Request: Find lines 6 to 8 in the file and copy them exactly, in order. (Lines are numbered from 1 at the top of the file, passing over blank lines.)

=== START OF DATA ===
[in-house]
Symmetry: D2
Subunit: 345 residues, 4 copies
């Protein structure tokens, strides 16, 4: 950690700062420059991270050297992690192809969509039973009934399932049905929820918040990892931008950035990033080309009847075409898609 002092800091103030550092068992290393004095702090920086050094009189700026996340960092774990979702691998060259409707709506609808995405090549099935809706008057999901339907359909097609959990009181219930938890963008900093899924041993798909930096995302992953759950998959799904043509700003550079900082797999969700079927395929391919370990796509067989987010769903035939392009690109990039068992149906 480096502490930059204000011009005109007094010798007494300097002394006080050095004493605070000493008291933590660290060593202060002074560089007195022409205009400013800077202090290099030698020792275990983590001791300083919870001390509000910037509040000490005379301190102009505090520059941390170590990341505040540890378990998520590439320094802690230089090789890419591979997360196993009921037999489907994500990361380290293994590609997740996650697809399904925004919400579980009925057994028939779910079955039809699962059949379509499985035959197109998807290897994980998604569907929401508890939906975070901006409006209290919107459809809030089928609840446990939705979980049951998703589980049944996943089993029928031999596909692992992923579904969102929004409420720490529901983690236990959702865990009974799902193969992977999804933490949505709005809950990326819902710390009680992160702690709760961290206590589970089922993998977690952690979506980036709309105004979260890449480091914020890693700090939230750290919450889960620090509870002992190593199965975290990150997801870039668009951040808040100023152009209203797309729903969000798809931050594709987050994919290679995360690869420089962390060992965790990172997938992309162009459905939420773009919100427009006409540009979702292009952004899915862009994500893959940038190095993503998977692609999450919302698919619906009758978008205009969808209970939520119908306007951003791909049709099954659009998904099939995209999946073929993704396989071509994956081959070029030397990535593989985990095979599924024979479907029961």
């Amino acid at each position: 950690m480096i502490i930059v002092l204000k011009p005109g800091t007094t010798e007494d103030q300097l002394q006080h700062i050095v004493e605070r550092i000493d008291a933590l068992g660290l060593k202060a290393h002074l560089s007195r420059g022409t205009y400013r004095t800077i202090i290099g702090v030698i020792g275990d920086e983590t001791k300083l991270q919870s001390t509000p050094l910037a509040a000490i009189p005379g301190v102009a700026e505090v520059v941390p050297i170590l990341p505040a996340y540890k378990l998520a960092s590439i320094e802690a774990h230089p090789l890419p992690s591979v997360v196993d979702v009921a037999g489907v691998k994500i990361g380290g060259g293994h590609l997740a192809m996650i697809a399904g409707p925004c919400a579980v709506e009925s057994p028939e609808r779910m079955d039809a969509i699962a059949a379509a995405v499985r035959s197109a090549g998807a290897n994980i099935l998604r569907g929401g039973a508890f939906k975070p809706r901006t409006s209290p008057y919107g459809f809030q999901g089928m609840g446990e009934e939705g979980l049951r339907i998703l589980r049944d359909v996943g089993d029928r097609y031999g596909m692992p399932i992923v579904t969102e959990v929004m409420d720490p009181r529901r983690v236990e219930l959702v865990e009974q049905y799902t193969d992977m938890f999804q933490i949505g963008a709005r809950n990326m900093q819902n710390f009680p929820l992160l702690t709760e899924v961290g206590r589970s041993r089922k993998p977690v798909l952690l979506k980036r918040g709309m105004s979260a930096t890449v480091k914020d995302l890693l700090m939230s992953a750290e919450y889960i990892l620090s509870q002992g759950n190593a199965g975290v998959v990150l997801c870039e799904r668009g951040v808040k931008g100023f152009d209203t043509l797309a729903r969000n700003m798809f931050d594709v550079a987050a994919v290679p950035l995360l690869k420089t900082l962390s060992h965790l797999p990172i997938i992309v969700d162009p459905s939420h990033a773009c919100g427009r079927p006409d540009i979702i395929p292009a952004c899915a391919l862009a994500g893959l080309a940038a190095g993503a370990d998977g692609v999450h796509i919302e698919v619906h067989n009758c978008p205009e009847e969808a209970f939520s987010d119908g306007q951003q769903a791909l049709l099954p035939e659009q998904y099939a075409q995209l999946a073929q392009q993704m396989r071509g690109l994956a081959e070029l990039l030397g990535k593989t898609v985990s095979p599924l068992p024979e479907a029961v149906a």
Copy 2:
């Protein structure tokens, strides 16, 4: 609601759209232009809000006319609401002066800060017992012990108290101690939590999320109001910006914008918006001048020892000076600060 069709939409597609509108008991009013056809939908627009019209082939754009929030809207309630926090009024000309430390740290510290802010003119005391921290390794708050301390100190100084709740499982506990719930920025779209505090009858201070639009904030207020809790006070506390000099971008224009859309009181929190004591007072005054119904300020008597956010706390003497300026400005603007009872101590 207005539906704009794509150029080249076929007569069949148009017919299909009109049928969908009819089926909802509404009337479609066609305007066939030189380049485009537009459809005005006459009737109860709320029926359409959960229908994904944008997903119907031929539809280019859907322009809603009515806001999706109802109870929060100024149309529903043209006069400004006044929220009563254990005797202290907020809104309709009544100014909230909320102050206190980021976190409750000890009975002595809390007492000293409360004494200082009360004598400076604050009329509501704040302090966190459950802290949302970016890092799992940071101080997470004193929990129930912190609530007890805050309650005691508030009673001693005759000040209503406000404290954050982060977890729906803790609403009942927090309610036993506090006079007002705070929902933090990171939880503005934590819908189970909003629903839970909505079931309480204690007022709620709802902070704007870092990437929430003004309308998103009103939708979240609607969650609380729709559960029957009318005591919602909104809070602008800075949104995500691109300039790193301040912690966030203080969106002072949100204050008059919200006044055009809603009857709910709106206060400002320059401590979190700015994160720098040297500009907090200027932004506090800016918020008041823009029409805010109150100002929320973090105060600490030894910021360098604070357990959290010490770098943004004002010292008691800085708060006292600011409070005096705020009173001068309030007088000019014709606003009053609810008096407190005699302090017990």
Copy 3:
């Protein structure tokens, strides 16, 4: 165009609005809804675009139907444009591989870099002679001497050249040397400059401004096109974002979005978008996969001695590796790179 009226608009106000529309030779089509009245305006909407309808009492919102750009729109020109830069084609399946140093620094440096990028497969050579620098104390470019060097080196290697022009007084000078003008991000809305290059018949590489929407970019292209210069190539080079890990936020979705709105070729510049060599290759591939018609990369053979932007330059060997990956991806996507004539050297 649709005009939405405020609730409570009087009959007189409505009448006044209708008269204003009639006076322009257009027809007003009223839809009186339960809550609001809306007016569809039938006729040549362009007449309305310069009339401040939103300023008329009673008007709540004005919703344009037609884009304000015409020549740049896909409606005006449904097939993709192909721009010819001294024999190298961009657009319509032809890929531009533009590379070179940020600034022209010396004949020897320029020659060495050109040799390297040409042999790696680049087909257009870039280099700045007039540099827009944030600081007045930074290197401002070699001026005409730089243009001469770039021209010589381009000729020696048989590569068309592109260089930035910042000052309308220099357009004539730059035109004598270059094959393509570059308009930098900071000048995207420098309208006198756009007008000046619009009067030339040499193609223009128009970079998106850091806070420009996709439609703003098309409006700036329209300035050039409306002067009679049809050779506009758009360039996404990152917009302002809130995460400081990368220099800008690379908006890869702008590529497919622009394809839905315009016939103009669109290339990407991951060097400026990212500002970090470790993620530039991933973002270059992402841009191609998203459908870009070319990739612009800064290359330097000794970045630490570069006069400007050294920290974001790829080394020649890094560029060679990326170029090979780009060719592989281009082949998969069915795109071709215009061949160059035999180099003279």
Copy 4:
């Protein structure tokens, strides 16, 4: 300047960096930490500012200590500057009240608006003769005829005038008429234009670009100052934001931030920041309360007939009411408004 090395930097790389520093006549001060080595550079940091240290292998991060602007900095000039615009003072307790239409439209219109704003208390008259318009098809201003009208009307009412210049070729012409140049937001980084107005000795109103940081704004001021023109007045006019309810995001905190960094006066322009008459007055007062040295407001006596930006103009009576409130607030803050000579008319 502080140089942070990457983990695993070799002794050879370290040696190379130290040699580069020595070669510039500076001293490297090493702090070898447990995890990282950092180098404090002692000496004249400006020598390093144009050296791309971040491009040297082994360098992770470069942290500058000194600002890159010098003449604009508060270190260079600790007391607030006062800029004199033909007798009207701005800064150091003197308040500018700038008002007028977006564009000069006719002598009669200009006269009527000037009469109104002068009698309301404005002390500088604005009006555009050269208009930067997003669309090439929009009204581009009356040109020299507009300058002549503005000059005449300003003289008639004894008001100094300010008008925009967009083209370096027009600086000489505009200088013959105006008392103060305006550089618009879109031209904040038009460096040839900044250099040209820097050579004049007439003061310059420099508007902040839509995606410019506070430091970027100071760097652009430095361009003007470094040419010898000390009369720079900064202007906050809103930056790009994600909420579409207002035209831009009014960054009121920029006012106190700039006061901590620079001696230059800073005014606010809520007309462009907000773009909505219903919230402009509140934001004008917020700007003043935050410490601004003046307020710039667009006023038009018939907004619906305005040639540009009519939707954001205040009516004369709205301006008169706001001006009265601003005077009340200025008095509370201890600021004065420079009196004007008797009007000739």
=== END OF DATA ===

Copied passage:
Copy 2:
């Protein structure tokens, strides 16, 4: 609601759209232009809000006319609401002066800060017992012990108290101690939590999320109001910006914008918006001048020892000076600060 069709939409597609509108008991009013056809939908627009019209082939754009929030809207309630926090009024000309430390740290510290802010003119005391921290390794708050301390100190100084709740499982506990719930920025779209505090009858201070639009904030207020809790006070506390000099971008224009859309009181929190004591007072005054119904300020008597956010706390003497300026400005603007009872101590 207005539906704009794509150029080249076929007569069949148009017919299909009109049928969908009819089926909802509404009337479609066609305007066939030189380049485009537009459809005005006459009737109860709320029926359409959960229908994904944008997903119907031929539809280019859907322009809603009515806001999706109802109870929060100024149309529903043209006069400004006044929220009563254990005797202290907020809104309709009544100014909230909320102050206190980021976190409750000890009975002595809390007492000293409360004494200082009360004598400076604050009329509501704040302090966190459950802290949302970016890092799992940071101080997470004193929990129930912190609530007890805050309650005691508030009673001693005759000040209503406000404290954050982060977890729906803790609403009942927090309610036993506090006079007002705070929902933090990171939880503005934590819908189970909003629903839970909505079931309480204690007022709620709802902070704007870092990437929430003004309308998103009103939708979240609607969650609380729709559960029957009318005591919602909104809070602008800075949104995500691109300039790193301040912690966030203080969106002072949100204050008059919200006044055009809603009857709910709106206060400002320059401590979190700015994160720098040297500009907090200027932004506090800016918020008041823009029409805010109150100002929320973090105060600490030894910021360098604070357990959290010490770098943004004002010292008691800085708060006292600011409070005096705020009173001068309030007088000019014709606003009053609810008096407190005699302090017990």
Copy 3: